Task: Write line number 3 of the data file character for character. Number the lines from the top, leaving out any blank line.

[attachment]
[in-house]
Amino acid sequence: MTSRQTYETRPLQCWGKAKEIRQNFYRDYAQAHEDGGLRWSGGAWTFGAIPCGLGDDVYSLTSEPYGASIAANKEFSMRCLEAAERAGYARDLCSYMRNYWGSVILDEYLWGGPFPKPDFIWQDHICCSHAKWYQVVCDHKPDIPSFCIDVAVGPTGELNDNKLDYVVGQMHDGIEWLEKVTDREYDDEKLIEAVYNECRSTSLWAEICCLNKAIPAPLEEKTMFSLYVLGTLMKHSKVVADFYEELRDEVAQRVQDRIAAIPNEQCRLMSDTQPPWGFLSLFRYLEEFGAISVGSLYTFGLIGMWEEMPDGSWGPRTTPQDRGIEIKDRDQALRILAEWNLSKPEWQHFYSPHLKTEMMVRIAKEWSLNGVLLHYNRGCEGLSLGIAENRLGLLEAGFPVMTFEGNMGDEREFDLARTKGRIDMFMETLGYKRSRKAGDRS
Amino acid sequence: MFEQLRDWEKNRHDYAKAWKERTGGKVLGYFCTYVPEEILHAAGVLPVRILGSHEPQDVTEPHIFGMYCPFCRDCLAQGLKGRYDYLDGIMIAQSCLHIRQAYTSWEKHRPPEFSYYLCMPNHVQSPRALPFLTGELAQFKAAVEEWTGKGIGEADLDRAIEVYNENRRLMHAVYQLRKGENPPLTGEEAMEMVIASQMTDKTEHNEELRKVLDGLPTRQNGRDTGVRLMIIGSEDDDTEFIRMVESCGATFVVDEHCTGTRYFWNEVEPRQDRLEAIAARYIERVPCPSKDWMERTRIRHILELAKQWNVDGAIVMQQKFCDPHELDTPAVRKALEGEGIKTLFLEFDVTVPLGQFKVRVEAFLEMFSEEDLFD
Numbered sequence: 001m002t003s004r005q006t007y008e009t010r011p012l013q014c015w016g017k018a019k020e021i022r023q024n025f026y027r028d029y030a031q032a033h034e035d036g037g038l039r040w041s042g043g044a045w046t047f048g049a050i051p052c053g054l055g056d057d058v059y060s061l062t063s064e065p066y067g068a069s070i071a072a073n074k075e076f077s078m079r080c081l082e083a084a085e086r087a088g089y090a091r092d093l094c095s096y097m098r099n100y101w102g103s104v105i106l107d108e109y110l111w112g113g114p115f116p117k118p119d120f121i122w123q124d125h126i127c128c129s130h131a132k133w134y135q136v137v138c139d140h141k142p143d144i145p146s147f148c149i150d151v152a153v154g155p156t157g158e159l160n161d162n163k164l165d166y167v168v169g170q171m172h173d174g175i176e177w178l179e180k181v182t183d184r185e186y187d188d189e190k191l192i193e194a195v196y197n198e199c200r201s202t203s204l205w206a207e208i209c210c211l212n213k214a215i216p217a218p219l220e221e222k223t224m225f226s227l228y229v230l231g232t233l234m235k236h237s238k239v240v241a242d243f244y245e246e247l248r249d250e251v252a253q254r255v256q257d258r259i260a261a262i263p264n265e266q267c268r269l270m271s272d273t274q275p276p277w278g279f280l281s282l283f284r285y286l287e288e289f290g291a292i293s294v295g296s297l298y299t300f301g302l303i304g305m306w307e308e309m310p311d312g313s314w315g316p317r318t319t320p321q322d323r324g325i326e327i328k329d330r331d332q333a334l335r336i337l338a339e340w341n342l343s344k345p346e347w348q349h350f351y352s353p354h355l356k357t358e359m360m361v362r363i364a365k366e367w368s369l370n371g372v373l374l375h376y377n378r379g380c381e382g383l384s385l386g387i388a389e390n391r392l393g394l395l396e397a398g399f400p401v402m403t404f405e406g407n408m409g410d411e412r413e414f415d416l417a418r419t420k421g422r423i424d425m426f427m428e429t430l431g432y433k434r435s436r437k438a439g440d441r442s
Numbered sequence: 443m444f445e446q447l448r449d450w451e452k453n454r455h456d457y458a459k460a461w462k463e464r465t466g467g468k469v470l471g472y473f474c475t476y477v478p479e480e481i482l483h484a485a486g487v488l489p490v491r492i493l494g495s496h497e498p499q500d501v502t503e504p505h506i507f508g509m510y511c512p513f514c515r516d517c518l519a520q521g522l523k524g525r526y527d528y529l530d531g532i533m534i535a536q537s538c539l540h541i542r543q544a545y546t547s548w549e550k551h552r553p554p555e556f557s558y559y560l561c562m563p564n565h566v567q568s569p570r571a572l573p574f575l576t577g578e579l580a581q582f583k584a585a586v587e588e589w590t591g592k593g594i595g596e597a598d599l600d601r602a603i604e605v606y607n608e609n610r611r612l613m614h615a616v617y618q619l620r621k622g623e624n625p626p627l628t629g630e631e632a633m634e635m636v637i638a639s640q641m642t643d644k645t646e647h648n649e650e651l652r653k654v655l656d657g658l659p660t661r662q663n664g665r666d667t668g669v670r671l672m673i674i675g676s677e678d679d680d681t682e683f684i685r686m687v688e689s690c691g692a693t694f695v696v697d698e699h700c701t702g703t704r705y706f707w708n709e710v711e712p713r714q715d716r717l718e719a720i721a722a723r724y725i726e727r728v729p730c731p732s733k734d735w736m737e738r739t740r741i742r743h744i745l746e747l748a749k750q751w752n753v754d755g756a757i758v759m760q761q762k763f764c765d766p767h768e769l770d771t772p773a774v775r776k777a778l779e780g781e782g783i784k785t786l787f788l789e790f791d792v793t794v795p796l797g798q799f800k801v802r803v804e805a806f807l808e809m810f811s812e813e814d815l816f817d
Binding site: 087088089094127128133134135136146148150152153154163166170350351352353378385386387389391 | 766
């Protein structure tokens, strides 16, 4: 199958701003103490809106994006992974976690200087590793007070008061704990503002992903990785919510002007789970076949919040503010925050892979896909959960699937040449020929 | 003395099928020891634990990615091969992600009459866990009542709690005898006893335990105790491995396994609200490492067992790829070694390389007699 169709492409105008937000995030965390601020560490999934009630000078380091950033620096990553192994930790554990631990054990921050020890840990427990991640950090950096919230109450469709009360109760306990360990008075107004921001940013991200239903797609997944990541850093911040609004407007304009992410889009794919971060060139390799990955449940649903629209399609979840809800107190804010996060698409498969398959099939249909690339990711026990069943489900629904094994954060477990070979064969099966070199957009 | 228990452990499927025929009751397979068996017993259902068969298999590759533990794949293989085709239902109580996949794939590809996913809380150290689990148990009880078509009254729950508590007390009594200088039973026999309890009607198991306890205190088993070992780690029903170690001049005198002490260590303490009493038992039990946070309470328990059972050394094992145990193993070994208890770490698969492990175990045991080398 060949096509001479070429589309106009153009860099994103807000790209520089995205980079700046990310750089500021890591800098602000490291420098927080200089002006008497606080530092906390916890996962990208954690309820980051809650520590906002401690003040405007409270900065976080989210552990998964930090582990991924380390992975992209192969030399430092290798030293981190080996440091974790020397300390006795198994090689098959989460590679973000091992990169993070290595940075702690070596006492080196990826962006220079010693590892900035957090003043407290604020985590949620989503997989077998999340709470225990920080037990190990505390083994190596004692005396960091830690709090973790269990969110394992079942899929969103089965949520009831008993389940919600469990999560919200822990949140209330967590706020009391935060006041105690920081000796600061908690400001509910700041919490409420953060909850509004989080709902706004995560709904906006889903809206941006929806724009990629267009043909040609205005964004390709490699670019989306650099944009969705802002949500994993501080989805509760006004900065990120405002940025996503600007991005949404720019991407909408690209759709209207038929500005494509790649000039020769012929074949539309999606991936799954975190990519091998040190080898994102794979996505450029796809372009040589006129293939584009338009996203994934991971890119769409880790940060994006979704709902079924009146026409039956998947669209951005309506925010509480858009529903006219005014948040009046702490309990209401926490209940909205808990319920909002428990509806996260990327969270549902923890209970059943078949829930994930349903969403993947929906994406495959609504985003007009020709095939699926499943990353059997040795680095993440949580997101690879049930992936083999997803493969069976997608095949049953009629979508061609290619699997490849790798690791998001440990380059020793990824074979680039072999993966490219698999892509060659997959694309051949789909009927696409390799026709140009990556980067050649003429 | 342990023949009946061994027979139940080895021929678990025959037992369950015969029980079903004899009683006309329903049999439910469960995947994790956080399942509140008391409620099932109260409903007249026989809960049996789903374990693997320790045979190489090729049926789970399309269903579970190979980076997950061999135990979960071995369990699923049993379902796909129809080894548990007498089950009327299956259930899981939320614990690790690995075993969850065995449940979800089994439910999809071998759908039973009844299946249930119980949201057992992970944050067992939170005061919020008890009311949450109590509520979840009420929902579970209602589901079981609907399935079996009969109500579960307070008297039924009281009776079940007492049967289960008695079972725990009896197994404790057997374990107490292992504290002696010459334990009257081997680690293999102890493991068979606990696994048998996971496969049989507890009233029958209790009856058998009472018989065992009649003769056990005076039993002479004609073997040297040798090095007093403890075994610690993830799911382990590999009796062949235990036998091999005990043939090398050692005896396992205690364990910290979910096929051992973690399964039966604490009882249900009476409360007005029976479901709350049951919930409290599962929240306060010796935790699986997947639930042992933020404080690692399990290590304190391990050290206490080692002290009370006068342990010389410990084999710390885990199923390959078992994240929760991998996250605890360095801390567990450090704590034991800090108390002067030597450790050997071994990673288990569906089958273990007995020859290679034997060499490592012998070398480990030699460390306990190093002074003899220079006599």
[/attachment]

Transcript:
Amino acid sequence: MFEQLRDWEKNRHDYAKAWKERTGGKVLGYFCTYVPEEILHAAGVLPVRILGSHEPQDVTEPHIFGMYCPFCRDCLAQGLKGRYDYLDGIMIAQSCLHIRQAYTSWEKHRPPEFSYYLCMPNHVQSPRALPFLTGELAQFKAAVEEWTGKGIGEADLDRAIEVYNENRRLMHAVYQLRKGENPPLTGEEAMEMVIASQMTDKTEHNEELRKVLDGLPTRQNGRDTGVRLMIIGSEDDDTEFIRMVESCGATFVVDEHCTGTRYFWNEVEPRQDRLEAIAARYIERVPCPSKDWMERTRIRHILELAKQWNVDGAIVMQQKFCDPHELDTPAVRKALEGEGIKTLFLEFDVTVPLGQFKVRVEAFLEMFSEEDLFD